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Showing posts from April, 2020

Rivers of Power - Laurence Smith ****

I've never been entirely convinced that geography is really a science, but if there was a book that was likely to do so, it's Rivers of Power . What's more, Laurence Smith manages to bring alive the importance of rivers to the Earth, but more particularly to humanity, with some excellent storytelling. The book starts with a nilometer, an ancient structure for measuring the height of the Nile - and the role the Nile has played in Egyptian culture. From here we open out to a whole host of rivers around the world. Rather than focus chapter by chapter on particular locales, Smith leaps from place to place, covering the roles of rivers in, say, wars or trade or climate change. In doing so, he manages to communicate his enthusiasm and a feeling of engagement that makes the book both approachable and enjoyable. There's always something new and different turning up - no one, surely, would expect, for example, a chapter to begin with a discussion of the superhero movie Black

Extraterrestrials - Wade Roush ***

Before opening this book I had the distinctly unnerving wish that I would find it full of blank pages - because this is the 'essential knowledge' series, and our knowledge of extraterrestrials is, well, non-existent (sorry Mr Mulder). To be fair though, inside we get the next best thing. Wade Roush gives a readable, compact history of SETI (the Search for ExtraTerrestrial Intelligence), plus attempts to communicate outwards and a touch of information on potentially inhabitable exoplanets. We also, inevitably, get that magnificent piece of speculation raised to the power of n, the Drake equation which supposedly gives us a feel for the potential range of numbers of planets in the galaxy inhabited by intelligent life (at least we know the range starts at 1) and much puzzling over the old Fermi paradox of why there is no evidence of intelligent life out there. It's this last part that gets just a touch tedious - because it is all navel gazing speculation, it really can n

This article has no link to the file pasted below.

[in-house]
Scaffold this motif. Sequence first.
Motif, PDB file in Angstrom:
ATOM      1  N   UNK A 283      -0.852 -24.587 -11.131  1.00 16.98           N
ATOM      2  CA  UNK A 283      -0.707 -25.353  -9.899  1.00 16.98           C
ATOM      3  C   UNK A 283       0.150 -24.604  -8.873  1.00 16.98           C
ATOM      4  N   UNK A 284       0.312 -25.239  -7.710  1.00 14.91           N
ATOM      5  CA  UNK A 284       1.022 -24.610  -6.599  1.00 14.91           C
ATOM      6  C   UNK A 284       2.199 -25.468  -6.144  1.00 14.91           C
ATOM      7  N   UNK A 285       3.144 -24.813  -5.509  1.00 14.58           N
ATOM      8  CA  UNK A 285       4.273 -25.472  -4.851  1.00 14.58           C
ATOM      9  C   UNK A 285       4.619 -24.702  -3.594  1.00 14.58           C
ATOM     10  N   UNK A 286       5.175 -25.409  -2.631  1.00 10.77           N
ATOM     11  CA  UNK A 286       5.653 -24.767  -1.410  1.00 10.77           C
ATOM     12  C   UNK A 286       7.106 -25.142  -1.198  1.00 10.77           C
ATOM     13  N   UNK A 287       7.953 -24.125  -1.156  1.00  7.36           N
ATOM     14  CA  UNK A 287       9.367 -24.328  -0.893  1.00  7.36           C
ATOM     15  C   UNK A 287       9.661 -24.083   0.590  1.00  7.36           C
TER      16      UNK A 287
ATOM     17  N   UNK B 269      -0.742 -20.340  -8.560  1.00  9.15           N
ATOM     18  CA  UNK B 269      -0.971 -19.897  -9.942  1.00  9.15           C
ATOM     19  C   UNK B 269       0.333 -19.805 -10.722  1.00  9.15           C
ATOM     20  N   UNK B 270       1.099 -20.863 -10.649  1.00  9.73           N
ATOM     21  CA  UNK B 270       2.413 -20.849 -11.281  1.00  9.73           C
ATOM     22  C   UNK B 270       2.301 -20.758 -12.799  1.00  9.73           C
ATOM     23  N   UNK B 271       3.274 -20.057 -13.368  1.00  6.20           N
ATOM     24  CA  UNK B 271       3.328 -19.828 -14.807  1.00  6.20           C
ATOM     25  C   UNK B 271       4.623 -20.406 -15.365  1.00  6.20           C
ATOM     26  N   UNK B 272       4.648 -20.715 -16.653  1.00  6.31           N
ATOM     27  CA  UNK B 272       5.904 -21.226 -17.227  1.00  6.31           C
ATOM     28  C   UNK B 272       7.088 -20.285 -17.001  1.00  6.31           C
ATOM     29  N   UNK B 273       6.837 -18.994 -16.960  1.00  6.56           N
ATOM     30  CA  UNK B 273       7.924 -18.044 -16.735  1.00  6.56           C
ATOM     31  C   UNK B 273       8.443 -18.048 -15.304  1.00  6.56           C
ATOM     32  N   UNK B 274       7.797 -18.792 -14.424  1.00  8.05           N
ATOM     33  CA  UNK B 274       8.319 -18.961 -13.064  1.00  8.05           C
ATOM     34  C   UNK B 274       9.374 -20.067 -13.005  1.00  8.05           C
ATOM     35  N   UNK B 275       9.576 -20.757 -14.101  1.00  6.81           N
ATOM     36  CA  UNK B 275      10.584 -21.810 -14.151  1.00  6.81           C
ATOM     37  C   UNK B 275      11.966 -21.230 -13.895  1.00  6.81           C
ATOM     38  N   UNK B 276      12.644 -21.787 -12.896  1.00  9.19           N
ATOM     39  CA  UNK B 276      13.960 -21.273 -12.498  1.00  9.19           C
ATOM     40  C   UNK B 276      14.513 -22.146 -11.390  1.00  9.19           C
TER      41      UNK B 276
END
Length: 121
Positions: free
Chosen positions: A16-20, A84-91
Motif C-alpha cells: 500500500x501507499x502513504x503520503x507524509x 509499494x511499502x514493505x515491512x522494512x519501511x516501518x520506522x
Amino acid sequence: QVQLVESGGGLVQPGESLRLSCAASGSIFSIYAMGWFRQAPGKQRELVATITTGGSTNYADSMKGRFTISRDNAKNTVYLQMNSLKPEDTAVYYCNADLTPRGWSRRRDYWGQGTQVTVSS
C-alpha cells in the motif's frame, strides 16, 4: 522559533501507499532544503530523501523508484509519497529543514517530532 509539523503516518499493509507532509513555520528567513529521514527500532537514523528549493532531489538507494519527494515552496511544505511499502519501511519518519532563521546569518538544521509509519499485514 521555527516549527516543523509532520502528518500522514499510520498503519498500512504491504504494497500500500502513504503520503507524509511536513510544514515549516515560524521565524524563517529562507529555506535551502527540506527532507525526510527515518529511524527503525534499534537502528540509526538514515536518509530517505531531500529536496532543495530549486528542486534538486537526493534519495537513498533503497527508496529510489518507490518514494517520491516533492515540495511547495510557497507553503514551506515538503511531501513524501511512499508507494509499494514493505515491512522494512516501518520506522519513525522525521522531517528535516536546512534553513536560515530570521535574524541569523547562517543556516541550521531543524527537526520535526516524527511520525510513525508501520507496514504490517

Spatial Computing (Essential Knowledge) - Shashi Shekhar and Pamela Vold ***

A part of the increasingly interesting MIT Press Essential Knowledge series, the topic of this book may at first glance be puzzling - but it's about something many of us use every day - information technology that makes use of spatial information, such as the GPS sat nav system. One oddity of this series is that it is very inconsistent in the level the books are pitched at. Some are way too technical for the general reader. This one, though, is a straightforward descriptive text with very limited technical detail. There's nothing here that is likely to baffle someone from outside the field and lots of information on where the various technologies have come from (including John Snow's famous map-based identification of the source of a Victorian London cholera outbreak), the basics of how they work and where they are likely to go from here. If you actually have a need to know this stuff, it's an ideal primer. My only  real concern about the book is that I'm not

A Brief Guide to Artificial Intelligence - James Stone ***(*)